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One Third of Adults Use Complementary and Alternative Medicine
It seems to have taken the U.S. longer to adopt complementary and alternative medicine than many other countries. There are a variety of reasons for this, but the main ones are based on the fact that the U.S. relies completely on mainstream medicine, while many other cultures have been using natural and alternative modalities for centuries. U.S. mainstream medicine professionals also rely on in-depth scientific studies for recommendation and use, and they have deliberately ignored the application of these studies when it comes to alternative therapies. However, this has been quite apparent to Americans, as they no longer trust some of the medical requirements for prescription drugs and one third of adults are now using some form of complementary and alternative medicine in their daily routines.
There are many reports that indicate that the U.S. is considered to be the most overmedicated country in the world. Given the side effects of various prescription medications, the population has spent a number of years transitioning to alternative therapies for their health. The National Health Statistics Report by the CDC (Center for Disease Control) indicates the results of a survey that covered over 89,000 U.S. adults and over 17,000 children between the ages of 4-17 years. Seeking alternatives to standard meds for such conditions as pain management, anxiety control and physical well-being, Americans seem to prefer fish oil, probiotics, deep breathing, yoga, and melatonin as some of the most popular. A majority of these individuals make use of the alternative therapies in conjunction with conventional care, and there is only around 5% that rely solely on complementary and alternative therapies.
While the United States has few studies on some of the alternatives, many other countries have been involved in research, with the most notable being the effect of fish oil containing omega-3 fatty acids, which are believed to decrease heart arrhythmia and act as anti-inflammatories.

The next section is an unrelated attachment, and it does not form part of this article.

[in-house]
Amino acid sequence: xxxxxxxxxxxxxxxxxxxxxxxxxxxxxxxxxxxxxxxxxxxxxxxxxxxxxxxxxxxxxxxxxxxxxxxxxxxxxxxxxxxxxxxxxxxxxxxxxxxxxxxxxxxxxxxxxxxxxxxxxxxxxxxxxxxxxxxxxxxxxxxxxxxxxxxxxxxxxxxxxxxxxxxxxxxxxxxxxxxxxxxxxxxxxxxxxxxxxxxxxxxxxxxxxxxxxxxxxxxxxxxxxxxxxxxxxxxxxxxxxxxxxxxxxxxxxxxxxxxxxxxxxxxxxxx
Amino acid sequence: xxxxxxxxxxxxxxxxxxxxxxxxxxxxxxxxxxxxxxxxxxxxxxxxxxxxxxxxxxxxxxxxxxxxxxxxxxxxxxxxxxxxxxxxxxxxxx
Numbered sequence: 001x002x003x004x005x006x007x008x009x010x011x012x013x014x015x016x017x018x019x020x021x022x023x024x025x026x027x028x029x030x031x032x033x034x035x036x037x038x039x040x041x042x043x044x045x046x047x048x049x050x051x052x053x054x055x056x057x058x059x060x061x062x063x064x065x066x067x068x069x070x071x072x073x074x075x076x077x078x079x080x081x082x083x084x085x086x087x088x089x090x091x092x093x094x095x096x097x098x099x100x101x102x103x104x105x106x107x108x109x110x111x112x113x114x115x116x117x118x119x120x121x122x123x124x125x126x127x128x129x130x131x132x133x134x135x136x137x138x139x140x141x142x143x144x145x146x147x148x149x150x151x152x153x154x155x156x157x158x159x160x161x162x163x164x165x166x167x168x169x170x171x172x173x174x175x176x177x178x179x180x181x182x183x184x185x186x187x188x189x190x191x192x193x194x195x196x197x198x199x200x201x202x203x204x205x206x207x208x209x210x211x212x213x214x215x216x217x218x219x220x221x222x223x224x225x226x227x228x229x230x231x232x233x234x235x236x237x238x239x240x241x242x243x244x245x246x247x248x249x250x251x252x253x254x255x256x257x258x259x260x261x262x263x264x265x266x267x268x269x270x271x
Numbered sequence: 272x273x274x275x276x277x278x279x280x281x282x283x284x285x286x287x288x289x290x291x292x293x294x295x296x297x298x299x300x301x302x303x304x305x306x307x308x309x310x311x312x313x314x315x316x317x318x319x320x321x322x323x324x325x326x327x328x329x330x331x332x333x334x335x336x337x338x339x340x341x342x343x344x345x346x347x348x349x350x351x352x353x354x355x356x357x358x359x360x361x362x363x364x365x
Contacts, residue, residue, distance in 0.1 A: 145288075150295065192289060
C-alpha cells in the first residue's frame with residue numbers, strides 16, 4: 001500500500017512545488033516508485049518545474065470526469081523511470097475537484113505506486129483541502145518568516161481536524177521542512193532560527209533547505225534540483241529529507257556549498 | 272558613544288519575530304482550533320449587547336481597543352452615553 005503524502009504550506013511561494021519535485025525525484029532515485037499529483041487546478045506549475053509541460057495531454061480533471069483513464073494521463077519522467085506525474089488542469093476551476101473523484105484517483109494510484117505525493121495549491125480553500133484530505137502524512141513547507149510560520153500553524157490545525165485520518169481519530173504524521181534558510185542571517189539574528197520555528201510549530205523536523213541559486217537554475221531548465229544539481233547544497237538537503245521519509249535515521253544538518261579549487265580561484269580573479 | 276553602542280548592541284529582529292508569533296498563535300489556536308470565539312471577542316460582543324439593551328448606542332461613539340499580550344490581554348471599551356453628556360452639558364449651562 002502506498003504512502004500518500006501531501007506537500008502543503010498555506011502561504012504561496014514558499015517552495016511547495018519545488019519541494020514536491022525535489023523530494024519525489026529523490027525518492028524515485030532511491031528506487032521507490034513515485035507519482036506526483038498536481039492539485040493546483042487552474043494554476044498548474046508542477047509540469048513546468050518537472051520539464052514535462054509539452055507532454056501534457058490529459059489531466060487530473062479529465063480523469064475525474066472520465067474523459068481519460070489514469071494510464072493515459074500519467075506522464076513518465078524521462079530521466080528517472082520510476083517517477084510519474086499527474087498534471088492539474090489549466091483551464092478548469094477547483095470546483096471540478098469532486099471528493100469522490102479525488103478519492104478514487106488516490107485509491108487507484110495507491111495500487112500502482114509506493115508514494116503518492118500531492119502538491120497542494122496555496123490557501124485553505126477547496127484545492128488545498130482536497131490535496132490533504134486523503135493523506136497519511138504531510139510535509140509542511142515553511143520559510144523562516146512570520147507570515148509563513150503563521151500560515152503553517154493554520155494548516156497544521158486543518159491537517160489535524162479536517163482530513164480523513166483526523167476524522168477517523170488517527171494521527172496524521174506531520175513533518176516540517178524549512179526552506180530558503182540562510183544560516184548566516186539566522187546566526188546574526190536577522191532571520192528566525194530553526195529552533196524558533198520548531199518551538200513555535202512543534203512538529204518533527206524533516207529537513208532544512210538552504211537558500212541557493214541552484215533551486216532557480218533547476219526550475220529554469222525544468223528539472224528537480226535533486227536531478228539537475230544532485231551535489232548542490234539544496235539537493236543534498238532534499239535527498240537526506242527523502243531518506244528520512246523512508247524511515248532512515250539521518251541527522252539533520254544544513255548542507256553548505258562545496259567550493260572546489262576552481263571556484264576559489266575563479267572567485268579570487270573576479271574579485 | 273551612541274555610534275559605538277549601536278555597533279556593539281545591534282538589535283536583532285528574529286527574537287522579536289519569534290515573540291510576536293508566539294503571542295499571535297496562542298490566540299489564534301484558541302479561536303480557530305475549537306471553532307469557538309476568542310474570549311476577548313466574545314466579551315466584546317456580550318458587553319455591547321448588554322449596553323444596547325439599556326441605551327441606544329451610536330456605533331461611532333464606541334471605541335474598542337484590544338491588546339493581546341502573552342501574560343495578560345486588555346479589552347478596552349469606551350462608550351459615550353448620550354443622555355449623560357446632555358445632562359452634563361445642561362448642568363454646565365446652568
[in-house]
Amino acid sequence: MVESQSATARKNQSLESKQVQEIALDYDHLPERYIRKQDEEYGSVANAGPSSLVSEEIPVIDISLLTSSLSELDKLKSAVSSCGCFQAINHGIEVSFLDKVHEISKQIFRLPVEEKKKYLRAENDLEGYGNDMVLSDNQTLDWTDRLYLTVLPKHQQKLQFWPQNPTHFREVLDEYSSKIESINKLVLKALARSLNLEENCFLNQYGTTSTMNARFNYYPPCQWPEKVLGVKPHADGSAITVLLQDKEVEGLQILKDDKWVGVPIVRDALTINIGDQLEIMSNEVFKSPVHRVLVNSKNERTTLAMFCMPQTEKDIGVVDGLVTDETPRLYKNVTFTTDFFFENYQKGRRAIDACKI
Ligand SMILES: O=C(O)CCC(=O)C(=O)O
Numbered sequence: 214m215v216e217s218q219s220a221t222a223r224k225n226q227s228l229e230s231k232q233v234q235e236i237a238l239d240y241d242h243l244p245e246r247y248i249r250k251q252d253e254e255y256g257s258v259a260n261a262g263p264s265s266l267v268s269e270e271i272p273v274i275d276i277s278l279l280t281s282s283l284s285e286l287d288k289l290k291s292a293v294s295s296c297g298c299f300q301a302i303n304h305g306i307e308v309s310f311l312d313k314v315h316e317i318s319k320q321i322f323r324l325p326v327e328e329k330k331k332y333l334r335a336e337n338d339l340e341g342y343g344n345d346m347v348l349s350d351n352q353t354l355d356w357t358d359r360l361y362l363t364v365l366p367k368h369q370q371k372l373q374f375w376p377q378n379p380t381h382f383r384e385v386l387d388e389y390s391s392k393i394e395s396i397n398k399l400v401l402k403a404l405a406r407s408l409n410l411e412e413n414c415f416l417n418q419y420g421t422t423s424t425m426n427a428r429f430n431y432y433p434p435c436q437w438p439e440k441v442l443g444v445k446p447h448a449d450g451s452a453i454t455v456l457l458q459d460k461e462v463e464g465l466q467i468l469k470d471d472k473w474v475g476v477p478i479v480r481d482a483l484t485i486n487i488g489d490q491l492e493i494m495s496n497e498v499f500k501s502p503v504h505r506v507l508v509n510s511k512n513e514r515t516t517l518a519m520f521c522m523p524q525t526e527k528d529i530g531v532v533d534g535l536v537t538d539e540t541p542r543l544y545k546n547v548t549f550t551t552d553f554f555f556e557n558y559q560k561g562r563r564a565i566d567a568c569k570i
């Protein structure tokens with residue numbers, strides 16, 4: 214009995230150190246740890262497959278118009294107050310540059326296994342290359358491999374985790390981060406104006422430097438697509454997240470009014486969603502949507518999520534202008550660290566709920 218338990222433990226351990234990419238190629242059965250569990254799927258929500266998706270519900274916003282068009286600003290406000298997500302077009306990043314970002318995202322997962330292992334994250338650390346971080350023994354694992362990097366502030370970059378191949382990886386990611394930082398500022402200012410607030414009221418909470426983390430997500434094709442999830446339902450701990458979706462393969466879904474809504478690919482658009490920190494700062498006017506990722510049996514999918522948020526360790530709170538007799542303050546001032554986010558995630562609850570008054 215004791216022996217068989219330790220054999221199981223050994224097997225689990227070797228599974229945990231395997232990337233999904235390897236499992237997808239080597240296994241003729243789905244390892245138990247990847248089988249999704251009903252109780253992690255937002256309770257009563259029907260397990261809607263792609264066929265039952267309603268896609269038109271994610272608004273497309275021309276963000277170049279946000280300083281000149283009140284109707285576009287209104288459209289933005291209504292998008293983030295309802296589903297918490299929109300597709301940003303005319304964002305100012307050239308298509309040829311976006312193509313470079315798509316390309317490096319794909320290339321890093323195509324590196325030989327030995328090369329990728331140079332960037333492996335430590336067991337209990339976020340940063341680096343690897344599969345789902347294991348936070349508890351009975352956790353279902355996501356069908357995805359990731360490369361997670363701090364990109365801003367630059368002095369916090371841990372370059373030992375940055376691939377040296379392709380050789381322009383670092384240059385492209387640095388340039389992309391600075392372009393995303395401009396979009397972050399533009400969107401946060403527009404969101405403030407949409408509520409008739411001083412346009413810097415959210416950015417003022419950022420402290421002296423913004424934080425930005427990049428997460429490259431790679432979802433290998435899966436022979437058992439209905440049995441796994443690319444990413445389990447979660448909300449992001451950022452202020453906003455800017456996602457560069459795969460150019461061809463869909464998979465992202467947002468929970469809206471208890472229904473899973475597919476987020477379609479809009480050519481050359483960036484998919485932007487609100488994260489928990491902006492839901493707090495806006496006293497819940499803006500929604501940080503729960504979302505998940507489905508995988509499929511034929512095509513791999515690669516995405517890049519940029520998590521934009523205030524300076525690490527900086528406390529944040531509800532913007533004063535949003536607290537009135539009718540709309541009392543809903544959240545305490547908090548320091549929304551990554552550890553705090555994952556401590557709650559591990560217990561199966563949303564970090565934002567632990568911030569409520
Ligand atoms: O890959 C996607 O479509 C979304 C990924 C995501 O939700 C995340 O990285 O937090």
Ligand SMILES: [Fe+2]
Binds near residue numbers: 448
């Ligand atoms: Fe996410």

There has been a jump in the use of both prebiotics and probiotics as people begin to understand the benefits of good and bad gut bacteria. There increase between 2007 and 2012 in taking prebiotics and probiotics for both adults and children has been four times higher.
Some of the factors that are at play in the increase of alternative therapies involve the baby boomers who are now in a position to have disorders and disease states that are associated with aging. As a generation that was involved in some of the alternative practices of the 60’s and 70’s, they are expanding their awareness and education levels to embrace non-standard modalities. Another important reason for adoption of complementary therapies has been the internet, which freely shares philosophies as well as results from the scientific studies of other countries.
Of course education with correct information is important and as the American population expands their understanding on diet, the body and chemicals/additives and even medications that can have long term effects, they are making choices to move away from mainstream medicine as it has been known in the past. This philosophy is also being seen in many of the primary care physician offices as they are now incorporating recommendations of vitamins and supplements as well as chiropractors and yoga for pain and anxiety management.
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